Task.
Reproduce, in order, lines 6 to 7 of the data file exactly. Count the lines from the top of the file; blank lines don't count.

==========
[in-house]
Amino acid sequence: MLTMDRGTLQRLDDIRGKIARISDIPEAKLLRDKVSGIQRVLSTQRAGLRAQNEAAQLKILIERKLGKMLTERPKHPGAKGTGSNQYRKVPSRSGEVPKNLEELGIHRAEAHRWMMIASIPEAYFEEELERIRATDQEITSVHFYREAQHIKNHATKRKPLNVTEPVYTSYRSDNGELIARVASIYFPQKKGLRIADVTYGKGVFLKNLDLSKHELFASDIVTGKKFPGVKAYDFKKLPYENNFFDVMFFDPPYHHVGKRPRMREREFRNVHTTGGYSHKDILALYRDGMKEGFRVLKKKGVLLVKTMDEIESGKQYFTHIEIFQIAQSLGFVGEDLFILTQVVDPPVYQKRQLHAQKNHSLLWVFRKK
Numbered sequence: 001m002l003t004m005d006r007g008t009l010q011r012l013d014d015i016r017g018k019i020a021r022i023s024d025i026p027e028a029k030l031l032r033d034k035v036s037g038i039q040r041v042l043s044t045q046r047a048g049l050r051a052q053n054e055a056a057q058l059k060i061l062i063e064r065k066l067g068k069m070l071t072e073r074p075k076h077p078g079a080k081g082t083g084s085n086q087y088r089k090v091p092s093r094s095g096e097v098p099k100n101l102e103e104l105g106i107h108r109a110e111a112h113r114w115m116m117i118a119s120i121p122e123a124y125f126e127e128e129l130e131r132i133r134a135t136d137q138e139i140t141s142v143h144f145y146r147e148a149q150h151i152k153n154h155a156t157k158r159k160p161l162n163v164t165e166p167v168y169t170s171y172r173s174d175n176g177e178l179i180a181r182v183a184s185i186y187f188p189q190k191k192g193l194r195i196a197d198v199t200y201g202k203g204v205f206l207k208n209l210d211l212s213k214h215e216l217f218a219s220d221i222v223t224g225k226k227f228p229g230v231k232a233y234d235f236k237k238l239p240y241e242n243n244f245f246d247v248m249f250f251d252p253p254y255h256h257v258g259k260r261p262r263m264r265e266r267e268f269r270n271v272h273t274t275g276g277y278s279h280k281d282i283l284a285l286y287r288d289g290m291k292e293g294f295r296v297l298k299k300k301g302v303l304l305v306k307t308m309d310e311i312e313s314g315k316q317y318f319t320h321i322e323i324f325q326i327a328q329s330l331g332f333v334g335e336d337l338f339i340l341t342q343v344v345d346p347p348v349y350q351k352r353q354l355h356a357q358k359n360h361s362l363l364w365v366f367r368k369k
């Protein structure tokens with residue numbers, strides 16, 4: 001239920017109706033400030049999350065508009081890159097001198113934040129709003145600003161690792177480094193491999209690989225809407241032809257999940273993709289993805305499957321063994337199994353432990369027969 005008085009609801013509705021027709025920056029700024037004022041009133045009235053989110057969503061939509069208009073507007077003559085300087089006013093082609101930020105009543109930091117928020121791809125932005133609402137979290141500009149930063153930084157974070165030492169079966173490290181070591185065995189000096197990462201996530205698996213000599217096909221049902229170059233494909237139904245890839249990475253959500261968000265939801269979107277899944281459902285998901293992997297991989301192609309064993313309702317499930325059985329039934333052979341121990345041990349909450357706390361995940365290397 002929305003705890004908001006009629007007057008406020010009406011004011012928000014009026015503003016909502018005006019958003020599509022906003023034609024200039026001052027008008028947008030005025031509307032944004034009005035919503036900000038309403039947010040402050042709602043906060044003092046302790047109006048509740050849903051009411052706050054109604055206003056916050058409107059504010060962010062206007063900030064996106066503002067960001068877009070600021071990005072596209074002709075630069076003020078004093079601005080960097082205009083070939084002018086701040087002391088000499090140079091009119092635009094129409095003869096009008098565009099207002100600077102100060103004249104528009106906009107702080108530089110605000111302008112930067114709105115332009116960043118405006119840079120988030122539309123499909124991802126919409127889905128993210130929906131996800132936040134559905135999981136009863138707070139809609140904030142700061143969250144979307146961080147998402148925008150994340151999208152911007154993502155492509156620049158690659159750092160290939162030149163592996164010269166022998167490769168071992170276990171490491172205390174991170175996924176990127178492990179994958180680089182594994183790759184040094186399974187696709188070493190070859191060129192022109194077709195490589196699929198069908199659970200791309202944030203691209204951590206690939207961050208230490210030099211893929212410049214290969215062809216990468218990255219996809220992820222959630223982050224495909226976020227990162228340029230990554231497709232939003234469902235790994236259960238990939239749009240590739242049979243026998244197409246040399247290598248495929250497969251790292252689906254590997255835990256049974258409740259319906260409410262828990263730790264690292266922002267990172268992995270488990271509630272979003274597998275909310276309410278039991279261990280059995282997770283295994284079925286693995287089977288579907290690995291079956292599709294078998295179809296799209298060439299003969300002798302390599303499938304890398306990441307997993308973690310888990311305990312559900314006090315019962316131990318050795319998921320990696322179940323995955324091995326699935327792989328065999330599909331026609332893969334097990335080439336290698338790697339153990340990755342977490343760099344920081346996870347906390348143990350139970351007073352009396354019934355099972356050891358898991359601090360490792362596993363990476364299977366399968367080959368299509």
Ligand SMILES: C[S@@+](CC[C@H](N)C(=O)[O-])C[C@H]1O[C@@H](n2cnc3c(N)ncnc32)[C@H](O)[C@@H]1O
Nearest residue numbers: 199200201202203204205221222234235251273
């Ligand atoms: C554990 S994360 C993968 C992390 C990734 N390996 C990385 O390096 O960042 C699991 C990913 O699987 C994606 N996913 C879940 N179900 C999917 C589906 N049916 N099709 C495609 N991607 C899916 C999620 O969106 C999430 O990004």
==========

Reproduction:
Nearest residue numbers: 199200201202203204205221222234235251273
């Ligand atoms: C554990 S994360 C993968 C992390 C990734 N390996 C990385 O390096 O960042 C699991 C990913 O699987 C994606 N996913 C879940 N179900 C999917 C589906 N049916 N099709 C495609 N991607 C899916 C999620 O969106 C999430 O990004």